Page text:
Here's how the story begins (all emphasis mine):
If there was anybody who should have avoided the mortgage catastrophe, it was I. As an economics reporter for The New York Times, I have been the paper’s chief eyes and ears on the Federal Reserve for the past six years. I watched Alan Greenspan and his successor, Ben S. Bernanke, at close range. I wrote several early-warning articles in 2004 about the spike in go-go mortgages. Before that, I had a hand in covering the Asian financial crisis of 1997, the Russia meltdown in 1998 and the dot-com collapse in 2000. I know a lot about the curveballs that the economy can throw at us.
But in 2004, I joined millions of otherwise-sane Americans in what we now know was a catastrophic binge on overpriced real estate and reckless mortgages. Nobody duped or hypnotized me. Like so many others — borrowers, lenders and the Wall Street dealmakers behind them — I just thought I could beat the odds. We all had our reasons. The brokers and dealmakers were scoring huge commissions. Ordinary homebuyers were stretching to get into first houses, or bigger houses, or better neighborhoods. Some were greedy, some were desperate and some were deceived.
So, the author starts a new family with a second wife, and buys too much house-- his budget is stretched to cover alimony payments so he gets a no-doc mortgage. Then his credit cards get maxed out, not just because he and his wife are spending a lot, but because his overdraft protection hits his credit card with a minimum $100 charge every time he's overdrawn! Before you know it, he's broke:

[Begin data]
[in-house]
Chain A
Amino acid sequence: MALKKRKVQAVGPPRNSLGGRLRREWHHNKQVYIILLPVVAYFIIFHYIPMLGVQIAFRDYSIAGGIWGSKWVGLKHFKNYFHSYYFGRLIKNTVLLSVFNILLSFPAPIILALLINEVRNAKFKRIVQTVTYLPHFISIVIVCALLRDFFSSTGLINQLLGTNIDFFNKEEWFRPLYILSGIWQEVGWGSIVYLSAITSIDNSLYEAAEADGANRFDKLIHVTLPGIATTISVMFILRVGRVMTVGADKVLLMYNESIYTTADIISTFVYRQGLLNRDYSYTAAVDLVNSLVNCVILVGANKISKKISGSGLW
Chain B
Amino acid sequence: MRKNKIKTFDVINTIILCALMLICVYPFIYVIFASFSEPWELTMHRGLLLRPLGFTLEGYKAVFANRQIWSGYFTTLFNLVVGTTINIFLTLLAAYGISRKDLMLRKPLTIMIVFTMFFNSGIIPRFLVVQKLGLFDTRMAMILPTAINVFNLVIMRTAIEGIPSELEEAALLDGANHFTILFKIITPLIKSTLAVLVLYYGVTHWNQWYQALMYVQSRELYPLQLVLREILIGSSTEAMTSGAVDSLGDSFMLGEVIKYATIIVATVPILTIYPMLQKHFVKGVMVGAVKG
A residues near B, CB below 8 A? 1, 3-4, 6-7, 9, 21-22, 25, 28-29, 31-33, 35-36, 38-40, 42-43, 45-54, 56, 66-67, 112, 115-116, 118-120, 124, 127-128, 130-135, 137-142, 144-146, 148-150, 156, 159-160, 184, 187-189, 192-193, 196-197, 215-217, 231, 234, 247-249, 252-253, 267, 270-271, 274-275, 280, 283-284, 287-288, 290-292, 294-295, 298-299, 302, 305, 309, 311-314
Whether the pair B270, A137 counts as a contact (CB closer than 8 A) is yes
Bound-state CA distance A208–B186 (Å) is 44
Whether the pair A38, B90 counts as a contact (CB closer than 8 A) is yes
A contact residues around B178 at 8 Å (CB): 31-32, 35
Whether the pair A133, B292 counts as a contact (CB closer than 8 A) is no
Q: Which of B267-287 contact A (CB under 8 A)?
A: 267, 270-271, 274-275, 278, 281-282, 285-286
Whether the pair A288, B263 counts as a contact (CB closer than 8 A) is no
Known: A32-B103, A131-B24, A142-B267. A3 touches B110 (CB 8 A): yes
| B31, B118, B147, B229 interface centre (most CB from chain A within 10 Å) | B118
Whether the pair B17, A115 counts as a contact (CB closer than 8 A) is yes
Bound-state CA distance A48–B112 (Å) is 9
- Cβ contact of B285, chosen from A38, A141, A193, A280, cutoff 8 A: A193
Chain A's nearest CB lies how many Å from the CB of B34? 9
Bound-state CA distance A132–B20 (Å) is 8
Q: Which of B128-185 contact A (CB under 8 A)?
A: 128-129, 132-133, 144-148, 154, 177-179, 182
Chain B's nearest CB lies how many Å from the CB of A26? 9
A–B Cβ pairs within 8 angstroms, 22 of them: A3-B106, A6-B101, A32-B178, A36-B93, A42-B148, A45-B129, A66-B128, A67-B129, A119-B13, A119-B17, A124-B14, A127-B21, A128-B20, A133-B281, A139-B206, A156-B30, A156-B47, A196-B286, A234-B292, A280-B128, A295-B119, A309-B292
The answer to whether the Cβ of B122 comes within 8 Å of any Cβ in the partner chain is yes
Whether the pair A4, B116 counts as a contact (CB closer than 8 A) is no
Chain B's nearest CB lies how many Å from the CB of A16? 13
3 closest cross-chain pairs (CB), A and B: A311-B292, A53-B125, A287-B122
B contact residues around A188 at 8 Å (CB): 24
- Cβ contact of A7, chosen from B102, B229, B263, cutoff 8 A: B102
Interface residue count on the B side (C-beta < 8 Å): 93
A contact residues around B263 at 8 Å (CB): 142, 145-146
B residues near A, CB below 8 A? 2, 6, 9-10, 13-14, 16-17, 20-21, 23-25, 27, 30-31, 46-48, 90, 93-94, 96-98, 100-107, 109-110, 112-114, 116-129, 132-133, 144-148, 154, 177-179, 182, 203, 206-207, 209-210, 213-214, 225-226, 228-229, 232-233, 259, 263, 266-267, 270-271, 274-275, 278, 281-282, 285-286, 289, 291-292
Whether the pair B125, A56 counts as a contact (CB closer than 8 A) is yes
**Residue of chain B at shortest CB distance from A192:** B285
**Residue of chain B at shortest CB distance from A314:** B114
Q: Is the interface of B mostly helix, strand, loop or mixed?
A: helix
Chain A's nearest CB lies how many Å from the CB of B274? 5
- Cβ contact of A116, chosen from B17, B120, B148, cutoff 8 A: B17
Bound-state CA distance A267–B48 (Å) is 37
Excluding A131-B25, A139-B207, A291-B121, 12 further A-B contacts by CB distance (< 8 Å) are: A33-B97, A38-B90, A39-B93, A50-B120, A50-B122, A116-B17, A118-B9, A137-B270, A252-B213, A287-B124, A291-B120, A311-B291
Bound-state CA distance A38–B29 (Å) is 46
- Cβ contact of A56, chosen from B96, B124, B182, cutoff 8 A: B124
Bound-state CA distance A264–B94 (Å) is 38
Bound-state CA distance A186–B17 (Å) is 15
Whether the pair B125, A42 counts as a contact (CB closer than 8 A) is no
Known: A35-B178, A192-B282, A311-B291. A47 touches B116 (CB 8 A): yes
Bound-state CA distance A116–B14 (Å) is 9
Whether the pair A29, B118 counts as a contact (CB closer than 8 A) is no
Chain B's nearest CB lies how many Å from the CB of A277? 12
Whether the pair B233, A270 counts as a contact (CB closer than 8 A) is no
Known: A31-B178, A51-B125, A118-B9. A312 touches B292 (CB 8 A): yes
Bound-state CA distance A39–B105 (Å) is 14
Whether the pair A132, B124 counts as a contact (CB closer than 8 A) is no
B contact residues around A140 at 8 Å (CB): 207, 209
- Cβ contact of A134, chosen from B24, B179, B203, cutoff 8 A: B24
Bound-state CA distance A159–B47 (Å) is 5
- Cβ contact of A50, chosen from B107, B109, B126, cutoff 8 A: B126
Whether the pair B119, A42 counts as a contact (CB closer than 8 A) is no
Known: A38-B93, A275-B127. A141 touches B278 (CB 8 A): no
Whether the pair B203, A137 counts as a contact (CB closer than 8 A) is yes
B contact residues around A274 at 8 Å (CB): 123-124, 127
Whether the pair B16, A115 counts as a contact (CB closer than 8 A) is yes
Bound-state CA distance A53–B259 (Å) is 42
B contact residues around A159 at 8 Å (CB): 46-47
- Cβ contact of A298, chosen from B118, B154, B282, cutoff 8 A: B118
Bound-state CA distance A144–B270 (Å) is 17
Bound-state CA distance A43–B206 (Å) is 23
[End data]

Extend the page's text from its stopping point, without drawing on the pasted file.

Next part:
I felt foolish, ashamed and angry as I confessed to Bob. Why had I been trying to live a lifestyle that I couldn’t afford? Why had I tried to keep up the image of a conventional suburban family man, when nothing about my situation was conventional? How could I have glossed over the fact that we had been spending about $3,000 more than we were earning, month after month after month? How could a person who wrote about economics for a living fall into the kind of credit-card trap that consumer groups had warned about for years?
But guess what, it gets worse. Bob the mortgage guy helps him "solve" his money problems by consolidating his debt into a new, even bigger adjustable rate mortgage that could potentially hit rates of 11.5%:
The paperwork was so confusing that I was never exactly sure who was paying what. I hazily understood that I was paying most of the fees, one way or another, but I couldn’t figure out how, and I couldn’t see any better alternatives. After it was all over, I figured we had paid about $5,800 in fees to Bob’s mortgage company and the settlement company, on top of the sales commission that came out in higher interest rates every month.
I won't spoil the rest of the story for you-- it's a long article, but read it all!
My Personal Credit Crisis, by Edmund L. Andrews. The web article is a preview from the 5/17 New York Times Magazine.